Film Review: THE WRITER’S WOMAN, Mexico, Romance/Drama

Hot and smoldering with intensity, THE WRITERS WOMAN is a piece about love, jealousy, and control. This 23 minute mexican film coming to us from director Leslie Aldana, is a masterful work of cinematic seduction.

Our heroine is in love with her husband. Her husband is in love with her. But he also has affairs. So she decides to have one of her own, with a beautiful woman he has been eyeing. And when the three all get together at last the tension is equal parts sexually exciting and painfully tense.

What is so vibrant about this film isn’t just the slowly burning sexual fire ever present within the characters, or the fantastic performances, or even the larger free-love philosophy constrained by societal stigma. What is fascinating is that this story revolves around a mature relationship- a couple that has been married decades. Unlike young love, so prone to jealousy and heartbreak, this relationship has stood the test of time and still falls victim to the fears and insecurities that claim so many young lovers. What THE WRITERS WOMAN reminds us, in its own tragic, beautiful and sensual way, is that we are never too old to hurt. Exceptional performances and gorgeously composed, THE WRITERS WOMAN will take your breath away.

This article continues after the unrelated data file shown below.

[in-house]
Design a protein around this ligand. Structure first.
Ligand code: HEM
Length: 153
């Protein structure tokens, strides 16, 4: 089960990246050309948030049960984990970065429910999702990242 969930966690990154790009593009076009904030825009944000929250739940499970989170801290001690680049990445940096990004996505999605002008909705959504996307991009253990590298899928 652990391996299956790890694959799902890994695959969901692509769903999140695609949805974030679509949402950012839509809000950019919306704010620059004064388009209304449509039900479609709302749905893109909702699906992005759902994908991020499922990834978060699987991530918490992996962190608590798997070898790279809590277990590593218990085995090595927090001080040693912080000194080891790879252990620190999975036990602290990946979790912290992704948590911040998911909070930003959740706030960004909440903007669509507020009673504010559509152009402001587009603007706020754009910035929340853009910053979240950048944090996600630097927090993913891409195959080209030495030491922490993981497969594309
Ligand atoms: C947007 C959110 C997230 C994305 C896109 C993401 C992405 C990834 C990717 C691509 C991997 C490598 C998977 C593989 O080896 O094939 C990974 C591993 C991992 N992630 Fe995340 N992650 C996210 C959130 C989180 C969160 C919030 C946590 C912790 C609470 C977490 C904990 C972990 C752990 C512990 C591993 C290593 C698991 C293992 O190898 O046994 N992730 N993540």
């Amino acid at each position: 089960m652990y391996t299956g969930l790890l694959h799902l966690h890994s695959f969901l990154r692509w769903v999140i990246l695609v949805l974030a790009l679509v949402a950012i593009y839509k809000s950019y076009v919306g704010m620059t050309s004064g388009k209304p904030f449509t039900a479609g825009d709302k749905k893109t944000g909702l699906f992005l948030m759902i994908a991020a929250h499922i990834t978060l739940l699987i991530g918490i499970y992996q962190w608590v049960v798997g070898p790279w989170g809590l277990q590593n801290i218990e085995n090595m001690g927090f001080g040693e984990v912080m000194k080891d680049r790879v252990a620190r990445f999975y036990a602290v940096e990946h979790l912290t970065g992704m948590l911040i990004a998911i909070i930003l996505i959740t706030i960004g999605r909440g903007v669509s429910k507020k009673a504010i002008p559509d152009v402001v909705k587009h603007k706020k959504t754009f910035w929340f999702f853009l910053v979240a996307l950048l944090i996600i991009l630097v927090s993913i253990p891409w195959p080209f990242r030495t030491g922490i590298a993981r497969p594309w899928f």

Review by Kierston Drier

Film played at the 2018 ROMANCE Film Festival on Valentine’s Day in downtown Toronto, Canada

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THE WRITER’S WOMAN, 23min., Mexico, Romance/Drama
Directed by Leslie Aldana

At the end of the 1940s, the poetess Helena is the couple of acclaimed writer Martin. She constantly knows that Martin has had different lovers, before the anguish of losing him decides to seduce the one who could become the next lover. A game of power and jealousy is transformed into a new love story, which fades the search for a structured love imposed by society for a free love regardless of gender.

CLICK HERE – and see full info and more pics of the film!

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Film Review: MARTINA, OH MARTINA, Spain, Romance/Drama 

Oh to be young and feel the feelings of life for the first time!  MARTINA, OH MARTINA is a story about such times. Martina is a young, quirky girl with her first crush. As that crush entices her, then fails to reciprocate, the world- or, rather, her world, begins to come to a cataclysmic end. A giant meteor is heading for the earth and life as we know it is about to end.

Or at least it is for Martina.

The beautiful thing about this twelve minute quirky-romance-comedy coming to us from director Fatima Martin, is how beautiful it captures the passion of youth. Our sweet, lovable and relatable heroine, Martina, so perfectly encapsulates the familiar feeling of early unrequited love. Not only that, but she also creates a relatable voice for that unique feeling that, without reciprocation for said love, the world will surely come to an end.

Smartly witty, disarmingly charming and boasting excellent casting in choice for Martina, MARTINA, OH MARTINA is the story of adolescence come to life. A  coming-of-age film that delivers on thought, feeling and whimsy, and worth every frame.

Review by Kierston Drier

PLAYED at the January 2018 EUROPEAN Film Festival.